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From Pizza Party To Art Contest, Bolton Innovates To Involve Residents In Town Planning

Amy Kolb Noyes
Bolton Planning Commissioner Deb Shelby (left) and Assistant Town Clerk Carol Devlin take a look at a town map where residents, including elementary school students, have posted planning priorities and comments.

Every five years, Vermont towns are required to update their municipal plans. It can be an onerous process, and planning commissions often struggle to get residents involved. But Bolton has come up with some creative ways to involve all sorts of community members its town plan update.

Bolton’s five-year update isn’t due until May 2017, but the planning commission got started this fall trying to get residents involved in the process. As Planning Commissioner Deb Shelby explains, they attracted a crowd to the first meeting with a pizza party.

"In order to engage the community we decided that pizza would be a great way to encourage people to attend," said Shelby. "Which it actually was, we had a little over fifty people."

Next, the planning commission took its show on the road, holding neighborhood meet-ups in different parts of town. Shelby says Bolton’s diverse geography means different neighborhoods have different priorities.

"The purpose of the local groups was to get focused on exactly what’s going on in that geographic area," Shelby explained. "Bolton has, basically, four different areas of town … and that was one of the things that I think was really important, was to give each community an opportunity to express what they think was important about their area."

Credit Amy Kolb Noyes / VPR
The Bolton Planning Commission has been stepping outside the municipal office building and taking its meetings to venues all around town.

A municipal plan spells out a town’s vision for its community, including priorities for land use, conservation, recreation, businesses and energy projects. Town plans are taken into consideration during the Act 250 permitting process, as well as for projects such as cell towers, solar farms and wind turbines. State agencies also refer to the plans when considering things like transportation and downtown grant applications.

"The planning commission is five people out of roughly 1,100. This way we've gotten input from other people in town as well." - Assistant Town Clerk Carol Devlin

Carol Devlin is Bolton’s assistant town clerk, and clerk for the planning commission. She says the idea is to hear from as many residents as possible.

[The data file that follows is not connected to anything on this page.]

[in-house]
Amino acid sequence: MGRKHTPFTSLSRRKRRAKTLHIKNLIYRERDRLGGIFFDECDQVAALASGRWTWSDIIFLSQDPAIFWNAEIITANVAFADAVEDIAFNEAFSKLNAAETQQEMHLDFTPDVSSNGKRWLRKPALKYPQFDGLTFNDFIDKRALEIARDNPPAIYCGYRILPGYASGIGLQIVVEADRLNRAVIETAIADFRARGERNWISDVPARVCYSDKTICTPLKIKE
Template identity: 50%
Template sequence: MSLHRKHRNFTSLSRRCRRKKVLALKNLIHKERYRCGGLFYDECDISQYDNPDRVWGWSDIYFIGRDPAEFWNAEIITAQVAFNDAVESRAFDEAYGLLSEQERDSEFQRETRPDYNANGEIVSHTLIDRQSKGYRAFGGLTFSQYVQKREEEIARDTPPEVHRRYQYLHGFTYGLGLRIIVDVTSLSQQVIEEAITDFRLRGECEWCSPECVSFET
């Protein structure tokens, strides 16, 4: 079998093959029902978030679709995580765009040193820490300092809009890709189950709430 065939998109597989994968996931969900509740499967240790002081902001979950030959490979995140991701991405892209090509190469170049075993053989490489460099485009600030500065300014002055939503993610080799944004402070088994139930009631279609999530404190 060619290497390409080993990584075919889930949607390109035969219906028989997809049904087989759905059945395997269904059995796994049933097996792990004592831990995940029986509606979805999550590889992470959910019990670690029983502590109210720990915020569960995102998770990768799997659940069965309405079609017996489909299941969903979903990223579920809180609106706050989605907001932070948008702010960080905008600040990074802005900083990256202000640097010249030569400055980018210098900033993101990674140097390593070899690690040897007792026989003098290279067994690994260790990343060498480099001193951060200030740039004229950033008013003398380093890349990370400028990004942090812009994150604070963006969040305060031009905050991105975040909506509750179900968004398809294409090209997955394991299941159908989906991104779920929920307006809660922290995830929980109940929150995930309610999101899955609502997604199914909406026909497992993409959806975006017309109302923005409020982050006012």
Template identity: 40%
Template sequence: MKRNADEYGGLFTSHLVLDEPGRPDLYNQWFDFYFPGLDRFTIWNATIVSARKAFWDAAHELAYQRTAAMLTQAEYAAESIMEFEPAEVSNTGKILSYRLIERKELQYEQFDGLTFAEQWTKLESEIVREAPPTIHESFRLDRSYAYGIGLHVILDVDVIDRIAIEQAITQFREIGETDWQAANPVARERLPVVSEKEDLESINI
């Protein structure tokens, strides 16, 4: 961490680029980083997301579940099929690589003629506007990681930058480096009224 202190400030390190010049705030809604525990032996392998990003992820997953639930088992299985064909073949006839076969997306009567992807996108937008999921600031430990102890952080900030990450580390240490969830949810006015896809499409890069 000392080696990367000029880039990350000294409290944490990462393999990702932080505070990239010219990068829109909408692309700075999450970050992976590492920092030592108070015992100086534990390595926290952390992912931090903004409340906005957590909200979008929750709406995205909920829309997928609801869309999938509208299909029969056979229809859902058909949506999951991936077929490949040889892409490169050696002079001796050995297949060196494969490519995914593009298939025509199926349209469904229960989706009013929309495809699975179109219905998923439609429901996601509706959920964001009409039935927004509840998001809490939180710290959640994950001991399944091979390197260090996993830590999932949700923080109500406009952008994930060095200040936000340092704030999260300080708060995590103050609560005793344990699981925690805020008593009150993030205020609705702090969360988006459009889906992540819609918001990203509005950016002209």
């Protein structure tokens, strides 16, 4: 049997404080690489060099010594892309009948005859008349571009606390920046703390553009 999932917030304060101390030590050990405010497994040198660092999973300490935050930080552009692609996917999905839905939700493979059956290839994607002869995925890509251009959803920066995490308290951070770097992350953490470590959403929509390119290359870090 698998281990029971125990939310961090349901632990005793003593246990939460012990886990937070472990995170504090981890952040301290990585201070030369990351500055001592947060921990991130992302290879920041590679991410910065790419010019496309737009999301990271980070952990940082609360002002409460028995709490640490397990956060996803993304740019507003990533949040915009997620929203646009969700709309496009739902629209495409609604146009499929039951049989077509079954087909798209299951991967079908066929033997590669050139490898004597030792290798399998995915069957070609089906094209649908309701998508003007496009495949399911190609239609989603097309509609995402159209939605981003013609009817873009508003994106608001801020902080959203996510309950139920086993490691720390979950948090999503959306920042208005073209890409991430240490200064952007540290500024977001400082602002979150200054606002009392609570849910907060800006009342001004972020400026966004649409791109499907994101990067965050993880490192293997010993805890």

"The planning commission is five people out of roughly 1,100," said Devlin. "This way we’ve gotten input from other people in town as well and to see if we’re on the right track or if there’s things we haven’t thought of."

Later this month the planning commission is meeting with business owners to talk about how the town can be more business-friendly. And next month they’ll hold a session with seniors and caregivers to hear about their needs.

But it’s not just adults getting in on the town planning action. Devlin has also been working with elementary students at Smilie School on a month-long town planning curriculum for second, third and fourth graders. The students drew up their own planning documents, and gave power point presentations to town leaders. And, Devlin says, their enthusiasm for the process went beyond the classroom.

"It was so exciting!" she said. "And I found out afterwards that conversations we were having in the classroom were continuing out on the playground, were going home. There’s actually a club now that’s around one of the issues in town, which is the future of Wheeler Field up in West Bolton, and they have posters around Smilie going, ‘If you’re interested in Wheeler Field, the club will be meeting on the playground during recess.’"

Credit Amy Kolb Noyes / VPR
Elementary school students in Bolton put together a multi-use plan for a property in town called Wheeler Field.

And some of those students might also have their artwork featured in the town plan. The planning commission is holding a “Spirit of Bolton” art contest and winners in three age categories will have their artwork published as part of the document. Devlin says it’s another part of the effort to make the new plan more attractive and accessible to its end users, including Bolton property owners, board members and state agencies.

"Our old Town Plan was the traditional narrative style, and like many town plans sat on a shelf gathering dust," she said. "One of our goals is to make a Town Plan that’s user-friendly, that’s interesting."

Devlin says there will be a traditional printed document, and there will also be online components of the new plan. After the planning commission’s outreach effort is complete, they’ll work with the Chittenden County Regional Planning Commission to draft the updated plan.

Bolton planners say they hope other Vermont planning commissions will draw some inspiration from Bolton’s successful outreach efforts when it comes time for their own town plan updates.

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